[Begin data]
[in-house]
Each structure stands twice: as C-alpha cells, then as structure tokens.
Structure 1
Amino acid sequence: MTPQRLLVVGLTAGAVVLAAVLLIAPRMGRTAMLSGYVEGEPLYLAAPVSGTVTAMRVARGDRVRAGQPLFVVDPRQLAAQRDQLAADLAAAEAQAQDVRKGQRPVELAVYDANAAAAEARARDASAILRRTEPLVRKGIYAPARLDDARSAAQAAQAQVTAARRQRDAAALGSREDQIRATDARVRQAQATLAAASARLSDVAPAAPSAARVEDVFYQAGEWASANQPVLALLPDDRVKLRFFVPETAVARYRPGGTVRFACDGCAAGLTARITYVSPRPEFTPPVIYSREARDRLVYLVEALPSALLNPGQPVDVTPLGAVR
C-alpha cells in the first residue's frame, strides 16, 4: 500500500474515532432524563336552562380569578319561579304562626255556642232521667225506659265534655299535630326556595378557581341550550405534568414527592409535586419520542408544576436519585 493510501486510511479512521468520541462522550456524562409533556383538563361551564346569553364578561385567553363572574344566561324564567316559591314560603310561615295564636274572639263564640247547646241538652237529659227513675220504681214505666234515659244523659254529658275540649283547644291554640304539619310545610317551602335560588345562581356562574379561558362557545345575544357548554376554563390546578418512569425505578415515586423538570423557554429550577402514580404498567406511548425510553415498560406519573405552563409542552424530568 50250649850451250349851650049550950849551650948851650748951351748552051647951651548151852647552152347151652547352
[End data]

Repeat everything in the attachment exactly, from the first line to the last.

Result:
[in-house]
Each structure stands twice: as C-alpha cells, then as structure tokens.
Structure 1
Amino acid sequence: MTPQRLLVVGLTAGAVVLAAVLLIAPRMGRTAMLSGYVEGEPLYLAAPVSGTVTAMRVARGDRVRAGQPLFVVDPRQLAAQRDQLAADLAAAEAQAQDVRKGQRPVELAVYDANAAAAEARARDASAILRRTEPLVRKGIYAPARLDDARSAAQAAQAQVTAARRQRDAAALGSREDQIRATDARVRQAQATLAAASARLSDVAPAAPSAARVEDVFYQAGEWASANQPVLALLPDDRVKLRFFVPETAVARYRPGGTVRFACDGCAAGLTARITYVSPRPEFTPPVIYSREARDRLVYLVEALPSALLNPGQPVDVTPLGAVR
C-alpha cells in the first residue's frame, strides 16, 4: 500500500474515532432524563336552562380569578319561579304562626255556642232521667225506659265534655299535630326556595378557581341550550405534568414527592409535586419520542408544576436519585 493510501486510511479512521468520541462522550456524562409533556383538563361551564346569553364578561385567553363572574344566561324564567316559591314560603310561615295564636274572639263564640247547646241538652237529659227513675220504681214505666234515659244523659254529658275540649283547644291554640304539619310545610317551602335560588345562581356562574379561558362557545345575544357548554376554563390546578418512569425505578415515586423538570423557554429550577402514580404498567406511548425510553415498560406519573405552563409542552424530568 50250649850451250349851650049550950849551650948851650748951351748552051647951651548151852647552152347151652547352